I have no issue with the developer cut. I have issue with the paying them for the exclusives and guaranteeing the revenue. That's an issue. Intel did this and it was a massive deal.The Epic Store is entirely too developer/publisher-focused. Steam's community features allow gamers the opportunity to react to and check poor actions by developers/publishers. No other platform has quite matched what Steam can provide to its users. Steam isn't perfect and has many problems, but the community features are a leading positive.
However, there is no denying that saving 15 to 25% in fees will move developers/publishers to Epic Store. That's HUGE. A business cannot just leave that money on the table. Epic Store's promotional sales have also been better than Steam's.
Epic's money vs. Valve's market share and services -- not clear who will win in the long run. It's time for Valve to start making games again and to release a new Source Engine to compete with Unreal. As much as I hate exclusives, I'm barely-tolerant of exclusives when I don't have to pay for a separate hardware platform. The competition should help PC gamers.
I'll take free games. A free game is a free game, and some of the titles they have given away are ones I had been interested in getting anyway. I don't currently have any intention of buying games there though, at least for the time being. The giveaways do seem like a good way to establish a new game distribution service though, since a big part of why people want games on Steam is because they already have a library of games there.Until they provide a platform that's equal to Steam in every feature and stop their underhanded methods of getting exclusives I wont even take a free game from them.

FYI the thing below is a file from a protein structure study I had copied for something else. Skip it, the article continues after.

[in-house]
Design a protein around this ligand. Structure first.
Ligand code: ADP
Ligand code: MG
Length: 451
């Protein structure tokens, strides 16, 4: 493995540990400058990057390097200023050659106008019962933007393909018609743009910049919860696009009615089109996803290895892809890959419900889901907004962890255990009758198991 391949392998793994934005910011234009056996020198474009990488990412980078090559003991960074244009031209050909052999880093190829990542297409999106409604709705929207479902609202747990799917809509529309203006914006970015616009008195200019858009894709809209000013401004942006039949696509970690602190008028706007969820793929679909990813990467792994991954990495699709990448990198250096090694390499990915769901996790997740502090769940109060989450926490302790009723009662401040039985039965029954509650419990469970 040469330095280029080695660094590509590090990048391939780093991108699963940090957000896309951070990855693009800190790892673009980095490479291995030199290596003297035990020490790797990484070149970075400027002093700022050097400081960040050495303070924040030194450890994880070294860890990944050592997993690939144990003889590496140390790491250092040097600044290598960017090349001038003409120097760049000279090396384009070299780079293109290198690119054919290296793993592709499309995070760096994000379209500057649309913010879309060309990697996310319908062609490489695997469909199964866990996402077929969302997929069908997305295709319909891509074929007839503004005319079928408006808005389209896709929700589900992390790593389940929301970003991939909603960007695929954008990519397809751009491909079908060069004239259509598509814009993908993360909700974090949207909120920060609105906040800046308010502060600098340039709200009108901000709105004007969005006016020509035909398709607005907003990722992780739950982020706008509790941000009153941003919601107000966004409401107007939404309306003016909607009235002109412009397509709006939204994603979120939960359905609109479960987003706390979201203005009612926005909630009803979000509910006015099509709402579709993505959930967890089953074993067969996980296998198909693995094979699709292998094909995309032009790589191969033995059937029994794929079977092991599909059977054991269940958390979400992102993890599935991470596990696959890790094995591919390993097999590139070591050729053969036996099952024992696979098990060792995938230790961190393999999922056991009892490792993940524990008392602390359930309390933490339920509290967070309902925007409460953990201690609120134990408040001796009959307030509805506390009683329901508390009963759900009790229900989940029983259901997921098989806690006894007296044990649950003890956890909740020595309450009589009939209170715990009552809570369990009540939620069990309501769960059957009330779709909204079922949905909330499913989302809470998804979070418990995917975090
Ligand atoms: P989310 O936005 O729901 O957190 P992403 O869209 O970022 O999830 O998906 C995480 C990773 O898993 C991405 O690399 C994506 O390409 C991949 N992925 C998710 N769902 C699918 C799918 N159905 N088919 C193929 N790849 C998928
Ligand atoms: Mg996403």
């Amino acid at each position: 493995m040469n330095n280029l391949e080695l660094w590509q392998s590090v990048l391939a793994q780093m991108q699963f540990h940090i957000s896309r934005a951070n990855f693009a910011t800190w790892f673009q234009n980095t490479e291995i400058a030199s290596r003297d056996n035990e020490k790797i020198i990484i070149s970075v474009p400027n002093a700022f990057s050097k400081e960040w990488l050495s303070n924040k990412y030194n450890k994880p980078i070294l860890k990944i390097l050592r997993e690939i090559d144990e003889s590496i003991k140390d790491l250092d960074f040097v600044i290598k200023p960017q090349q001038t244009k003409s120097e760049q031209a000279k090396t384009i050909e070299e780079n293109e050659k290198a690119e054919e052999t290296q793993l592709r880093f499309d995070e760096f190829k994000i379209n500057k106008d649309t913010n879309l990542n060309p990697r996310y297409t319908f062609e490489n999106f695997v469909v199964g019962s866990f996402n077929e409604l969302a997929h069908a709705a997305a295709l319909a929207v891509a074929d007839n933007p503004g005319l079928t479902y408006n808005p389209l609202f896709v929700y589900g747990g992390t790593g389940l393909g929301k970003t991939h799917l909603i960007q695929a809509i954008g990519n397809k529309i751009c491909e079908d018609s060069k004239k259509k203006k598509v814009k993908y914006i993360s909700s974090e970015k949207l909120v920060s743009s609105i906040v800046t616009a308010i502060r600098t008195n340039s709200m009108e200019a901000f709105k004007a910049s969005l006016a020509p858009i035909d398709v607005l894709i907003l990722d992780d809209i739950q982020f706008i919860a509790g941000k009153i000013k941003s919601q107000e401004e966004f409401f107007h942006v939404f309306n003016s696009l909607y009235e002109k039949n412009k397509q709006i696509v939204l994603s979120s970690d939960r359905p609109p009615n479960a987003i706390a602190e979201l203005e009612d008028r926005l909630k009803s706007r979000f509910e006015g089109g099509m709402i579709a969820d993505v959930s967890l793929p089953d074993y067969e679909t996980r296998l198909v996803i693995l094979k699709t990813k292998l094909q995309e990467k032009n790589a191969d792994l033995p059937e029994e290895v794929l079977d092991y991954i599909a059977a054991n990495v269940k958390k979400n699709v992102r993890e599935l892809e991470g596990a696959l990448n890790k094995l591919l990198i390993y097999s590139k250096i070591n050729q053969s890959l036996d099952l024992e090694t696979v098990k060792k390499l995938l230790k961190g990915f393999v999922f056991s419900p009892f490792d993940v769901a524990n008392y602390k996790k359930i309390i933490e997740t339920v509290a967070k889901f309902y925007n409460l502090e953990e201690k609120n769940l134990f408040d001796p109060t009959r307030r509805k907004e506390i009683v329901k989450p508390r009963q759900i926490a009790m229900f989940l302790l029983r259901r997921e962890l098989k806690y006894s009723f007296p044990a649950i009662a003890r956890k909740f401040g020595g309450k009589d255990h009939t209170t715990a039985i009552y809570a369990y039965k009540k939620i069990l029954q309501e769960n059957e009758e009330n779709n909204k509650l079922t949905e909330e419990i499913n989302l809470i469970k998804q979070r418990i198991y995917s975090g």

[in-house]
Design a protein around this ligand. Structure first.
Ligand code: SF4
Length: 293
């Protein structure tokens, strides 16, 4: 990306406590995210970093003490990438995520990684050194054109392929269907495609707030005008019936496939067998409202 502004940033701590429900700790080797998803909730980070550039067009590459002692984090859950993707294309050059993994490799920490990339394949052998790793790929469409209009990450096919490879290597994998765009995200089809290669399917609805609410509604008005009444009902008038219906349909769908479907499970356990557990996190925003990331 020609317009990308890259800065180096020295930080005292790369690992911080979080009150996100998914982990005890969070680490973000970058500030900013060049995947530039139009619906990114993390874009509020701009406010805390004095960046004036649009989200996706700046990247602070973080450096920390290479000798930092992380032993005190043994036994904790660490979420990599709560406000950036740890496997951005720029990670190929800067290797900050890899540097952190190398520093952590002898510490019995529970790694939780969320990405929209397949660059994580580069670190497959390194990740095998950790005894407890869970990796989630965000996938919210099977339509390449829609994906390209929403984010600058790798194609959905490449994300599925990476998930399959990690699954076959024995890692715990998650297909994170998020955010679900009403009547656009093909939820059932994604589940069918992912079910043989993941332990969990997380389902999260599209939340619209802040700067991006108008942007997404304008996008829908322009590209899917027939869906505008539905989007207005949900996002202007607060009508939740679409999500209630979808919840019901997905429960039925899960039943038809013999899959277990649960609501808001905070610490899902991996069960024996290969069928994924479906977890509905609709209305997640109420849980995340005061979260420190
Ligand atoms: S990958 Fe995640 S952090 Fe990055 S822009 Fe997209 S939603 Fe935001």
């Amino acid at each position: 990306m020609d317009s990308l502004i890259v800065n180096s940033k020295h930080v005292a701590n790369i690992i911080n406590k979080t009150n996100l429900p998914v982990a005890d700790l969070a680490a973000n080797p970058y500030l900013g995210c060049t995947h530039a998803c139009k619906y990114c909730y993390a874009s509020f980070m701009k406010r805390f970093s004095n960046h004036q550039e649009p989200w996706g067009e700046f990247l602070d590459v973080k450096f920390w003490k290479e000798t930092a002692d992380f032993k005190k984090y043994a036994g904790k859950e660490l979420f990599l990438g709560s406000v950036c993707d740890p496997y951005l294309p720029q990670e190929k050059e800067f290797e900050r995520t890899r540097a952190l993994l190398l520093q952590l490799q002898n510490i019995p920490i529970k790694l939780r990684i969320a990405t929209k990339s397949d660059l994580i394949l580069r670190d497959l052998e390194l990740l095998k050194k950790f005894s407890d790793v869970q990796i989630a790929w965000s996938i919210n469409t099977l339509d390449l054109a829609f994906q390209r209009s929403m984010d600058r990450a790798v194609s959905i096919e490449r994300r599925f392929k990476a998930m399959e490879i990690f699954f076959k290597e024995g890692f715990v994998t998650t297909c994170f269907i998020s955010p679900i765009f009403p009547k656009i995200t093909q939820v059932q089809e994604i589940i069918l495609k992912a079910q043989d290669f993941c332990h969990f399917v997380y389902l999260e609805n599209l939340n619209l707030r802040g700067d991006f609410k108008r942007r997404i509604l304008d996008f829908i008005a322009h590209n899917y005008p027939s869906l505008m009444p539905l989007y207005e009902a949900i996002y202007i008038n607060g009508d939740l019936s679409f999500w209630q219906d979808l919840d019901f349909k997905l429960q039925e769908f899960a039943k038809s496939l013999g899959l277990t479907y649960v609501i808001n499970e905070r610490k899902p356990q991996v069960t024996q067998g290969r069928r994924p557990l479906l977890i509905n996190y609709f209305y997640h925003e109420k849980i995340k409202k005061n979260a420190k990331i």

I also made the decision not to install the EGS client due to the snooping. I feel they are doing a they got caught and are just stating it wasn't supposed to.I'll take free games. A free game is a free game, and some of the titles they have given away are ones I had been interested in getting anyway. I don't currently have any intention of buying games there though, at least for the time being. The giveaways do seem like a good way to establish a new game distribution service though, since a big part of why people want games on Steam is because they already have a library of games there.
And as much as I'm not fond of some of the things Epic has been doing lately, along with the lack of features on their client, Valve has kind of run downhill in recent years themselves. They got started as being one of the premier PC game developers, but when was the last time they released a proper new game? It's been the better part of a decade. Now they just take their cut from the sale of cosmetic items and games from other developers.
And it used to be that most of the games that made it onto Steam were at least half-decent, but then they opened the floodgates to shovelware and asset-flips, causing many good titles to get lost among the sea of cash-grabs. They had a chance to fix that when they switched from Greenlight to Steam Direct, but they only made things worse by lowering the bar of entry even further. Steam sales have also been getting less enticing every year. It's like they're not even trying anymore, but instead just sitting back and milking the industry. If competitors making a hard push into the market encourage them to try harder, that might be a good thing.